Counting in Albanian

Language overview

Forty-two in Albanian Albanian (shqip) is an Indo-European language, descendant of the Thraco-Illyrian branch. Divided into two major dialects (Gheg and Tosk), it is the official language of Albania and counts around 6 million speakers.

Albanian numbers list

  • 1 – një
  • 2 – dy
  • 3 – tre
  • 4 – katër
  • 5 – pesë
  • 6 – gjashtë
  • 7 – shtatë
  • 8 – tetë
  • 9 – nëntë
  • 10 – dhjetë
  • 11 – njëmbëdhjetë
  • 12 – dymbëdhjete
  • 13 – trembëdhjetë
  • 14 – katërmbëdhjetë
  • 15 – pesëmbëdhjetë
  • 16 – gjashtëmbëdhjetë
  • 17 – shtatëmbëdhjetë
  • 18 – tetëmbëdhjetë
  • 19 – nëntëmbëdhjetë
  • 20 – njëzet
  • 30 – tridhjetë
  • 40 – dyzet
  • 50 – pesëdhjetë
  • 60 – gjashtëdhjetë
  • 70 – shtatëdhjetë
  • 80 – tetëdhjetë
  • 90 – nëntëdhjetë
  • 100 – njëqind
  • 1,000 – një mijë
  • one million – një milion
  • one billion – një miliard
  • one trillion – një bilion

Albanian numbering rules

Now that you’ve had a gist of the most useful numbers, let’s move to the writing rules for the tens, the compound numbers, and why not the hundreds, the thousands and beyond (if possible).

  • Digits from zero to nine are specific words, namely zero [0], një [1], dy [2], tre [3] (feminine: tri), katër [4], pesë [5], gjashtë [6], shtatë [7], tetë [8], and nëntë [9].
  • Ten is dhjetë [10]. From eleven to nineteen, the numbers are formed by agglutinating the digit to the morpheme sequence mbë + dhjetë (meaning onto ten) with no space: njëmbëdhjetë [11], dymbëdhjete [12], trembëdhjetë [13], katërmbëdhjetë [14], pesëmbëdhjetë [15], gjashtëmbëdhjetë [16], shtatëmbëdhjetë [17], tetëmbëdhjetë [18], and nëntëmbëdhjetë [19].
  • The tens are formed on the multiplier digit followed by the word ten, except for ten, twenty and forty: dhjetë [10], njëzetnti [20], tridhjetë [30] (dhjetë being feminine, the feminine form of three is used), dyzet [40], pesëdhjetë [50], gjashtëdhjetë [60], shtatëdhjetë [70], tetëdhjetë [80], and nëntëdhjetë [90]. Twenty and forty are formed on the old number name zet, not used anymore, meaning a score—trace of an old vigesimal system. Thus, njëzetnti [20] means one score (një + zet) and dyzet [40], two scores (dy + zet).
  • Compound numbers are formed by adding the coordinating conjunction e (and) between the ten and the unit (e.g.: njëzet e dy [22], pesëdhjetë e gjashtë [56]).
  • The hundreds are formed by putting together the multiplier digit and the hundred word (qind): njëqind [100], dyqind [200], treqind [300], katërqind [400]…
  • Hundreds and tens are linked with the coordinating conjunction e (e.g.: njëqind e një [101], gjashtëqind e trembëdhjetë [613]).
  • Thousands are formed by setting the multiplier digit, a space, and the word for thousand (mijë): një mijë [1,000], dy mijë [2,000], tre mijë [3,000]… Thousands, hundreds and tens are linked with the coordinating conjunction e (e.g.: tre mijë e dyqind [3,200], pesë mijë e katërqind e gjashtëdhjetë [5,460]), but thousands and units follow each other with no conjunction (e.g.: një mijë një [1,001]).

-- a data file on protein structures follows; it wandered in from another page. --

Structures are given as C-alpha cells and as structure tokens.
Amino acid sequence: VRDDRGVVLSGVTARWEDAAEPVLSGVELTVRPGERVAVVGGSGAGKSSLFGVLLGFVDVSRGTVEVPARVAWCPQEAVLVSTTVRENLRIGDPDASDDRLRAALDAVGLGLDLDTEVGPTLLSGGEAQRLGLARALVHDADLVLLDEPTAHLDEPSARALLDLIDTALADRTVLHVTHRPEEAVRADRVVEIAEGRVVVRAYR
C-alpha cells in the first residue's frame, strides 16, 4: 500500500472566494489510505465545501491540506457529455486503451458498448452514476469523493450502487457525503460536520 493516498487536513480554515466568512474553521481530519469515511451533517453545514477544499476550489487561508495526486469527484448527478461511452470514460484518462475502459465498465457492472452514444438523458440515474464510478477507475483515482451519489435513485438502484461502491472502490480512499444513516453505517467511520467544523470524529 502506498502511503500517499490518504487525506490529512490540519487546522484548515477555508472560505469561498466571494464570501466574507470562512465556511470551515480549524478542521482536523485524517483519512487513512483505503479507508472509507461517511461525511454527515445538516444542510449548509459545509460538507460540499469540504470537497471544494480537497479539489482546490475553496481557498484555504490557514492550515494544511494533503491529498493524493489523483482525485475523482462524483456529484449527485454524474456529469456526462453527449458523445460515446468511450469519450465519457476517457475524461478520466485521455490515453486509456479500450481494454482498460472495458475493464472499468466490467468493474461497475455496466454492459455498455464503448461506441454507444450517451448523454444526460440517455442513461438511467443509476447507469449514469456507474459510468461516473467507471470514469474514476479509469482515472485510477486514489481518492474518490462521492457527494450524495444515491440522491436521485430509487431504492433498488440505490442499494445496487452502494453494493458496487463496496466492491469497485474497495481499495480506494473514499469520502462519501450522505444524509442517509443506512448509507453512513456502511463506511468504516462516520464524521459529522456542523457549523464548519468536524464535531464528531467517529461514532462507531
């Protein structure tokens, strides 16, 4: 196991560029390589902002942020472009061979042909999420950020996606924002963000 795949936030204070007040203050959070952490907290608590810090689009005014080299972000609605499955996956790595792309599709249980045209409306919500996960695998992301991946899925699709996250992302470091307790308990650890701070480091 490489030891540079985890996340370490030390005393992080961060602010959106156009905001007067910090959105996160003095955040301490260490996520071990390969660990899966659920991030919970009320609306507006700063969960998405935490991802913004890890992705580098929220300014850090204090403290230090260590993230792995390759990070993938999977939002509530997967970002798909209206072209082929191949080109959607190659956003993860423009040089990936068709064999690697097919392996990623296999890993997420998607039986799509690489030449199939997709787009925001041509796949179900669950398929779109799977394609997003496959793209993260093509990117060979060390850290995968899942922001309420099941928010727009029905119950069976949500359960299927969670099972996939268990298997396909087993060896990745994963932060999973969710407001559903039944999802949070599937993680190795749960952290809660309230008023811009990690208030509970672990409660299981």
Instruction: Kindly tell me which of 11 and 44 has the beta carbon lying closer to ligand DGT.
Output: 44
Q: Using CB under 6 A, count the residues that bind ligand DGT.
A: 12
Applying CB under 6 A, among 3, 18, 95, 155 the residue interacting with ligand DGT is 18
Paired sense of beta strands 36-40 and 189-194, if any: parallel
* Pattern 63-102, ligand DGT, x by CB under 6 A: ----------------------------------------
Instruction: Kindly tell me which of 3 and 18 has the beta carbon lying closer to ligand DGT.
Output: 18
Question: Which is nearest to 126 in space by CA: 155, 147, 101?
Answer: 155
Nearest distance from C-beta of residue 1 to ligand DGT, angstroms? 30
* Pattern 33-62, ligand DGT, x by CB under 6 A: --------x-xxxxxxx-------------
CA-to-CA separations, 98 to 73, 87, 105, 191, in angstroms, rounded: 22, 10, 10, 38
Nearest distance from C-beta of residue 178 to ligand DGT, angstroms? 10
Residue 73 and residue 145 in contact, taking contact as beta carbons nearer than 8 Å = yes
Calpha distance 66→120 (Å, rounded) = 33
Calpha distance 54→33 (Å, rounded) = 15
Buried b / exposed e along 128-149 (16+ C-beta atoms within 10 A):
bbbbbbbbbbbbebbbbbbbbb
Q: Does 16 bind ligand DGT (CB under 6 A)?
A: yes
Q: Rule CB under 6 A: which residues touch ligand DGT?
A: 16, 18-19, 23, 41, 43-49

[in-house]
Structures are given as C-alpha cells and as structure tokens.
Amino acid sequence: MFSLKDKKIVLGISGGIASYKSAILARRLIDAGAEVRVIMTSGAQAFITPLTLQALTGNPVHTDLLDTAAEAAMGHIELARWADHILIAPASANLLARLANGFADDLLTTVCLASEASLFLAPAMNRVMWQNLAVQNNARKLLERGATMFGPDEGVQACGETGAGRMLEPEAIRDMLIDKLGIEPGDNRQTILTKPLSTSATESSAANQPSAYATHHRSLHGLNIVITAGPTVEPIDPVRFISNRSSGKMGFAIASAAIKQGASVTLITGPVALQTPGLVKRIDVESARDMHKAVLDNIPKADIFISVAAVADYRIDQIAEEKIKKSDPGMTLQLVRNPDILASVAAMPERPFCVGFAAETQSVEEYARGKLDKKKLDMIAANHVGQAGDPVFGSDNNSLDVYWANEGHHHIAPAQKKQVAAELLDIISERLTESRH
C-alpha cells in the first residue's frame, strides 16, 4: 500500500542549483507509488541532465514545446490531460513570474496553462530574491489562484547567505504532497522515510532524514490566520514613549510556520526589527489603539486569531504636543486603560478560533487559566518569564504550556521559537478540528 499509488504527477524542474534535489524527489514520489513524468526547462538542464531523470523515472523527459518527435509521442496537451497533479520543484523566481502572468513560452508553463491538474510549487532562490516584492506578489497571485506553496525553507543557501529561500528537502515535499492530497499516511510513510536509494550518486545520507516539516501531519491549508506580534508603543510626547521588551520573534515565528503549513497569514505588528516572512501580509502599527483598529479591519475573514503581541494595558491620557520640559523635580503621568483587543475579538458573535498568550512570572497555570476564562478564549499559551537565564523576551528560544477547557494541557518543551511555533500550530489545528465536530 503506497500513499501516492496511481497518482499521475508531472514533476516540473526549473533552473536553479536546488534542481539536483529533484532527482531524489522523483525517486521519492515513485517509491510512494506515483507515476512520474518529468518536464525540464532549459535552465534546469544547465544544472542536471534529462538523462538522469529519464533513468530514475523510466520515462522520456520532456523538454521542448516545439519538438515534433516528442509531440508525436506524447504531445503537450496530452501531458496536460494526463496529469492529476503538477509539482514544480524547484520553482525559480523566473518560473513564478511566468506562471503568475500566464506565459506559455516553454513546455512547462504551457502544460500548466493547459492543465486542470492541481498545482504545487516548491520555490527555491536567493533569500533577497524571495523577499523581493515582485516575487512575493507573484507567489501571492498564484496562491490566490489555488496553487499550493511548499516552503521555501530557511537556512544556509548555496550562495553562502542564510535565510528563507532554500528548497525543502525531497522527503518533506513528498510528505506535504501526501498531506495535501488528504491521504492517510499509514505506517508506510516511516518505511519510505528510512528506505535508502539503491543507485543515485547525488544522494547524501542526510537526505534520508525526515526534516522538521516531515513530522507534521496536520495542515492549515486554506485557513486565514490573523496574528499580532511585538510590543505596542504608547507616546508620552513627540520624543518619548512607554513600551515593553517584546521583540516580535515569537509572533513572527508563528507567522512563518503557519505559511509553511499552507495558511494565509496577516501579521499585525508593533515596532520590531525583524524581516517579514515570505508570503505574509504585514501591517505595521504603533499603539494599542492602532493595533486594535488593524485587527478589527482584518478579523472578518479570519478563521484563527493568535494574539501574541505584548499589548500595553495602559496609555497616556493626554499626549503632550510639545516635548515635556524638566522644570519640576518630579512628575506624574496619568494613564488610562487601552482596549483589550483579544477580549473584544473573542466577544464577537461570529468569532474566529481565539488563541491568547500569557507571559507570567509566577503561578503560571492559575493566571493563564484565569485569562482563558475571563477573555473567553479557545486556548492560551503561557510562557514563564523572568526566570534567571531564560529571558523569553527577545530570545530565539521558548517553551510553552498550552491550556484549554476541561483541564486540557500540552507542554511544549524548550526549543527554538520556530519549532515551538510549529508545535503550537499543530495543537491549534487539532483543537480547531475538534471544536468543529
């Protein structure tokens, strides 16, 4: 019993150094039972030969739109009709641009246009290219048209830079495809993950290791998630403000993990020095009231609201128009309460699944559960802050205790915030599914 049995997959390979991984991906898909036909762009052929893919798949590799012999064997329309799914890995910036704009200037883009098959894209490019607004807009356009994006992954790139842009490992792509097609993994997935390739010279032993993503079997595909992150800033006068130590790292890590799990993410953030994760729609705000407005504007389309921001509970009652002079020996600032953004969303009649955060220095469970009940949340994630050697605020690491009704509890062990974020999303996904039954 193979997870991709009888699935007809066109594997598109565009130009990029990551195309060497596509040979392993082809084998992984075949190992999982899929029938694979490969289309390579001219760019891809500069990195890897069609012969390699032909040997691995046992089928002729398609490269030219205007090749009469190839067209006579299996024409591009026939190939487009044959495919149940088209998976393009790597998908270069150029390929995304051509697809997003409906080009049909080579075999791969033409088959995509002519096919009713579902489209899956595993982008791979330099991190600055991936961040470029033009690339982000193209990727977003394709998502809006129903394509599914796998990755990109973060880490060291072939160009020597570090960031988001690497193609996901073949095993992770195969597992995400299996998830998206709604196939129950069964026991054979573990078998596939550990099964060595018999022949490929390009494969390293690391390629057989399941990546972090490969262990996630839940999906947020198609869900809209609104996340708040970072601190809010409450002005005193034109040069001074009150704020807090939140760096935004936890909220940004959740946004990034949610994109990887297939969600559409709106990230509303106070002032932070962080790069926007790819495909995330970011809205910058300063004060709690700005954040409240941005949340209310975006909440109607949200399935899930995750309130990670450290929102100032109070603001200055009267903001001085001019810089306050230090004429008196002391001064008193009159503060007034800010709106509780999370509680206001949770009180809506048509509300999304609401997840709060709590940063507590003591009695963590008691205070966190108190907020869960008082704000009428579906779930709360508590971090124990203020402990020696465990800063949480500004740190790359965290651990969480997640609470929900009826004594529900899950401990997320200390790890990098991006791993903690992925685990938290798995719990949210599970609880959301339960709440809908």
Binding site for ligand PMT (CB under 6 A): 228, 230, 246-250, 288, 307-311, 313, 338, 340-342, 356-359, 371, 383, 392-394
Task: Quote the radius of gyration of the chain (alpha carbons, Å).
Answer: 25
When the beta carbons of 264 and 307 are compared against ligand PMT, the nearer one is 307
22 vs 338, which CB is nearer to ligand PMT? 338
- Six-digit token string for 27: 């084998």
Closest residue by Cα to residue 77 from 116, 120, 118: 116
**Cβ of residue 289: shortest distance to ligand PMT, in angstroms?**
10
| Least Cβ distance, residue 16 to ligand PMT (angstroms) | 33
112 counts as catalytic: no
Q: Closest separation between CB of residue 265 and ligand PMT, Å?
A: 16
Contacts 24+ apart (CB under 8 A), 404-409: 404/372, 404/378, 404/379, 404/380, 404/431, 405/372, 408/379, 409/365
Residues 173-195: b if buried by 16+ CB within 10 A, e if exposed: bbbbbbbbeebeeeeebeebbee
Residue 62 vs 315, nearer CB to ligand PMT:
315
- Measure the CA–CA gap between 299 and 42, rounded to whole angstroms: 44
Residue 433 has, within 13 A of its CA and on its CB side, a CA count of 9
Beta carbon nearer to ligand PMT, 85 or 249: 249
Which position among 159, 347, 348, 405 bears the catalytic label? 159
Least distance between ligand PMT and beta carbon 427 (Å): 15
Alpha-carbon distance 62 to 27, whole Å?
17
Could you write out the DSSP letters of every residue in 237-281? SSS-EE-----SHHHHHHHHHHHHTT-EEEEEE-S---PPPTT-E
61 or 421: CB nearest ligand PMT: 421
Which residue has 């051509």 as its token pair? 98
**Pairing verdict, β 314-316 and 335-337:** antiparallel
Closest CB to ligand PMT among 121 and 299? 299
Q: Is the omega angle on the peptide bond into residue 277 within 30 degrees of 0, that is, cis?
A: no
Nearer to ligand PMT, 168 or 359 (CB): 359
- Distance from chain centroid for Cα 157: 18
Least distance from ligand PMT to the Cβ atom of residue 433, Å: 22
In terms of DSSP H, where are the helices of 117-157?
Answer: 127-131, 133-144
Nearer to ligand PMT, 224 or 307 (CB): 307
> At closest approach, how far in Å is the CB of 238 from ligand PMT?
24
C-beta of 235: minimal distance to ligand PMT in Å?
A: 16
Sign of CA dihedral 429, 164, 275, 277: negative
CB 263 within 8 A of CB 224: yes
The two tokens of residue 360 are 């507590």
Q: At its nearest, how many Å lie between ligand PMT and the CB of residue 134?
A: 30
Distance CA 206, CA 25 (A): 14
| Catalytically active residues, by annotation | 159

• Albanian language uses the long scale for big numbers where every new word greater than a million is one million times bigger than the previous term. One million is një milion, një miliard is 109 (the US billion), and një bilion (1012) worths a thousand US billions, the next step, 1015, being një trilion (one quadrillion). Note that the word for million being feminine, the feminine form of three is needed in tri milion [three million].
  • Big scale numbers are linked with the same coordinating conjunction e (e.g.: një milion e katërqind e pesëdhjetë mijë [1,450,000], dy miliard e treqind milion e katërqind mijë [2,300,400,000]).
  • When used in a cardinal number, the words qind (hundred), mijë (thousand), milion (million), miliard (billion), etc. remain in their singular form. They do have a plural form, qind and mijë taking the suffix -ra, the others the suffix -a, used to indicate an imprecise quantity (e.g.: qindra [hundreds], mijëra [thousands], miliona [millions]).

Write a number in full in Albanian

Let’s move now to the practice of the numbering rules in Albanian. Will you guess how to write a number in full? Enter a number and try to write it down in your head, or maybe on a piece of paper, before displaying the result.


Standard Albanian: A Reference Grammar for Students Standard Albanian: A Reference Grammar for Students
by , editors Stanford University Press (1982)

Albanais de poche Albanais de poche
by , editors Assimil (2010)

Analyse de la Langue Albanaise Analyse de la Langue Albanaise
by , editors BiblioLife (2009)

Parlons albanais Parlons albanais
by , editors L’Harmattan (1999)

Albanian languages

Albanian, and Arbëresh.

Other supported languages

As the other currently supported languages are too numerous to list extensively here, please select a language from the full list of supported languages.

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